They also criticized Interior Department officials for concluding the deal in private, without holding any public hearings or meetings on it, and without doing any significant environmental review of the effects such a huge development would have on the federal government's oldest parkway - a review they claimed was required under the then new National Environmental Policy Act.
The five named plaintiffs in the DIPS suit, most of them sailors who use Daingerfield Island because it has the only large public sailing marina on the upper Potomac, contend the Park Service never gave sufficient public or legal notice of the swap in 1970 and that they were unaware of the project until last fall when public hearings were held on long-range plans for Daingerfield. A hearing on their request for an injunction against the bridge-interchange will be heard before U.S. District Court Judge Oliver Gasch June 30 at 2 p.m.
The Park Service contends that it did all that was legally required in 1970, that no public hearings or environmental impact statements were needed then, and that it had the blessing of Congress for the swap.
"That was the public form of the time, the House and Senate interior committees," a Park Service official said this week, although he added "we'd never pull this off today the way we did then." The main Park Service concern at the time was protecting Dyke Marsh and the parkway south of Alexandria from intensive development.
Park Service officials say, however, that while they feel they are now legally obligated to permit Potomac Center access to the parkway under the 1970 agreement, and are working with Fairchild on the bridge interchange, they are seriously considering buying out Fairchild's access rights.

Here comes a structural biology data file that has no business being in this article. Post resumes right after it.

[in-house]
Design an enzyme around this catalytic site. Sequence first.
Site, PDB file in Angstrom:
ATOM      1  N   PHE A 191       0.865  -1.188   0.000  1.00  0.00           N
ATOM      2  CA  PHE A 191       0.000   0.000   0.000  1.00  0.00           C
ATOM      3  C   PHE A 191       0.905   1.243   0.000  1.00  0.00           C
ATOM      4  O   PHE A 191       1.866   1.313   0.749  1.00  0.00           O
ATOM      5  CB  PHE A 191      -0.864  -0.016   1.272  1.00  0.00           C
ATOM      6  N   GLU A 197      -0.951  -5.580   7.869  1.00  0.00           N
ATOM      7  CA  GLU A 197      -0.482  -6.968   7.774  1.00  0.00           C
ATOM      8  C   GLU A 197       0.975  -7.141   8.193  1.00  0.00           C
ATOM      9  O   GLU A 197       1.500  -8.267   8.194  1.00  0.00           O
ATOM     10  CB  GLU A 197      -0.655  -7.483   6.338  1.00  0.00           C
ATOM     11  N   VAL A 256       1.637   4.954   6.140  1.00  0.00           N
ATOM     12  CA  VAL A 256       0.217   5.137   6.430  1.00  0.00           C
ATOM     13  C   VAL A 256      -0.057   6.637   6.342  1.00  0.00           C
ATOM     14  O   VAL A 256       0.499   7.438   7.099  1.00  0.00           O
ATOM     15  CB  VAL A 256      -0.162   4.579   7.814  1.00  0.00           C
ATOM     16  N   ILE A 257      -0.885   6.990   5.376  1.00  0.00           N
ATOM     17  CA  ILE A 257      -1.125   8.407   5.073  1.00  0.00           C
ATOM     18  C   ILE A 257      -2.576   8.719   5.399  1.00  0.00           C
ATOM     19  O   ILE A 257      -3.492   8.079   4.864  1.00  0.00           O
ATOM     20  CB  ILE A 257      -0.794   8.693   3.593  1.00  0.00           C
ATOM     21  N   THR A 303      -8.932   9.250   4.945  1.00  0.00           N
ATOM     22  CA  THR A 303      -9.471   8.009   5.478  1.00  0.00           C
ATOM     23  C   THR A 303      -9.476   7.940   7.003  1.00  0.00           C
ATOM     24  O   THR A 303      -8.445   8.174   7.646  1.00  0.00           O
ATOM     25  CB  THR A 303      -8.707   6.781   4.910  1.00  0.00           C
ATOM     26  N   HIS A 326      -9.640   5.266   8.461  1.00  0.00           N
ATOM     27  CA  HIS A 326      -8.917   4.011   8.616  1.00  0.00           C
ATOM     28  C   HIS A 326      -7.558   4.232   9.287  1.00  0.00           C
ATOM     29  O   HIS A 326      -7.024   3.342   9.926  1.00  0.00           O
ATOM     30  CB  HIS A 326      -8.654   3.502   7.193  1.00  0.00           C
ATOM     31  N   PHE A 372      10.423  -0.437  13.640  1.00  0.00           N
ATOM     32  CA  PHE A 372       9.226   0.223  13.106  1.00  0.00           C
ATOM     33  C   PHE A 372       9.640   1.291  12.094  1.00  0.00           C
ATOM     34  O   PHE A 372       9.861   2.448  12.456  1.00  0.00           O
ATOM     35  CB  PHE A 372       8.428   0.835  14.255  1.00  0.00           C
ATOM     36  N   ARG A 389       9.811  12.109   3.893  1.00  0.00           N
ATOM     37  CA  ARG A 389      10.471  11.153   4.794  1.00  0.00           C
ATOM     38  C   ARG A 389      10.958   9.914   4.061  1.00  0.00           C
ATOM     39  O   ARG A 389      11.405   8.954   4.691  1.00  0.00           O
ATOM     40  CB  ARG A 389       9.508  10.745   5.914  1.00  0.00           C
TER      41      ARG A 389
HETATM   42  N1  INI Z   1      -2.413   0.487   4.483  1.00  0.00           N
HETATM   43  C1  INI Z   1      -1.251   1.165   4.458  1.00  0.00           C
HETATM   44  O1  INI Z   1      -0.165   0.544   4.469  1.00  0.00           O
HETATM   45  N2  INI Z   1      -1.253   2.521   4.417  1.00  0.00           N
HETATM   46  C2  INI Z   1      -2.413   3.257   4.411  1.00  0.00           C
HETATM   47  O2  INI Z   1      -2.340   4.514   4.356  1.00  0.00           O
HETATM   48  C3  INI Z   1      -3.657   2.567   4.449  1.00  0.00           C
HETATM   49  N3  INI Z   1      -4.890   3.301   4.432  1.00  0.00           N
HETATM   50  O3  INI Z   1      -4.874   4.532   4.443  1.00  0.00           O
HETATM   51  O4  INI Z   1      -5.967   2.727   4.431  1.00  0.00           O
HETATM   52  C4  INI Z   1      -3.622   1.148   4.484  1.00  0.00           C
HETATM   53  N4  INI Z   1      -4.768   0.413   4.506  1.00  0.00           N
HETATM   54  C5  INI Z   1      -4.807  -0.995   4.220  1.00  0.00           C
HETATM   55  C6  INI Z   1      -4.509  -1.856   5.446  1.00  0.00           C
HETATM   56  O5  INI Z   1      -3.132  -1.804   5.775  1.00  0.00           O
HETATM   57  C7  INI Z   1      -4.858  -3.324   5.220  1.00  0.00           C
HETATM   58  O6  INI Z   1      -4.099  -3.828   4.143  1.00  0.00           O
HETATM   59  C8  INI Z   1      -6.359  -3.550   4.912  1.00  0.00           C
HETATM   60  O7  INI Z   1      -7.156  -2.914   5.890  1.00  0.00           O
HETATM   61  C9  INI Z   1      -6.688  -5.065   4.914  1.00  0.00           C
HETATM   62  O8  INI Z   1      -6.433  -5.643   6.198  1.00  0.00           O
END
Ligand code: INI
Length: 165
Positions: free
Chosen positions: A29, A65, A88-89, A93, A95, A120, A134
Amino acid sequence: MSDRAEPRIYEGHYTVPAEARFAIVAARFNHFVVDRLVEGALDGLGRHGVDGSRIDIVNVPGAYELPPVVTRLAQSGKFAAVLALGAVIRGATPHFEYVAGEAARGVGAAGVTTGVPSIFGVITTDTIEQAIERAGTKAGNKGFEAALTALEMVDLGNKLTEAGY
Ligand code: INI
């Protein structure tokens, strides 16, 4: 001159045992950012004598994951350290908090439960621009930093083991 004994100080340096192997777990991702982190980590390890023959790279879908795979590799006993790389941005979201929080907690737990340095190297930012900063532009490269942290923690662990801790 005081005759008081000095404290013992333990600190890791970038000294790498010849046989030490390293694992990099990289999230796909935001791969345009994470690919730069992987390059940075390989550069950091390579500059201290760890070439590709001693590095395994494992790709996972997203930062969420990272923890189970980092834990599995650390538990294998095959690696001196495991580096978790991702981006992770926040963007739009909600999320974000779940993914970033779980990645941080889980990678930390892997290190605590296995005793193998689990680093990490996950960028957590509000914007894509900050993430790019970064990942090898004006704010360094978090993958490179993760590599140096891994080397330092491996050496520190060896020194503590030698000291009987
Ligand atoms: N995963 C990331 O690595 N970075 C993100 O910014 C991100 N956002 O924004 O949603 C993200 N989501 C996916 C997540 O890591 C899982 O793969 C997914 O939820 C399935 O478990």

A 1976 Park Service study of the project concluded that Potomac Center will "damage" the parkway and that the impact of its traffic will not be "minimal," as a 1970 Park Service study concluded, but will overwhelm the already near-capacity parkway.
The proposed size and nature of the project have changed dramatically since 1970, based on information Fairchild has given the Park Service. Fairchild said last week no figures that have been used in connection with Potomac Center are correct and insisted the number of buildings, their height, and number of parking spaces still have not been set. Fairchild said Potomac Center would be a "beautiful" complex largely invisible from the parkway through extensive landscaping and having little traffic impact on it because he anticipated most employes would commute by bus or subway if a subway station is built at Potomac Center.
In 1970 when the Park Service approved the swap, parking was to be provided for only 4,000 cars. The 1976 estimate was for 14,500 to 18,800 cars. The 1970 estimate was for 10 to 12 high-rise buildings employing about 10,000 persons. The 1976 estimate was for at least 16 high-rise buildings employing up to 22,800 people.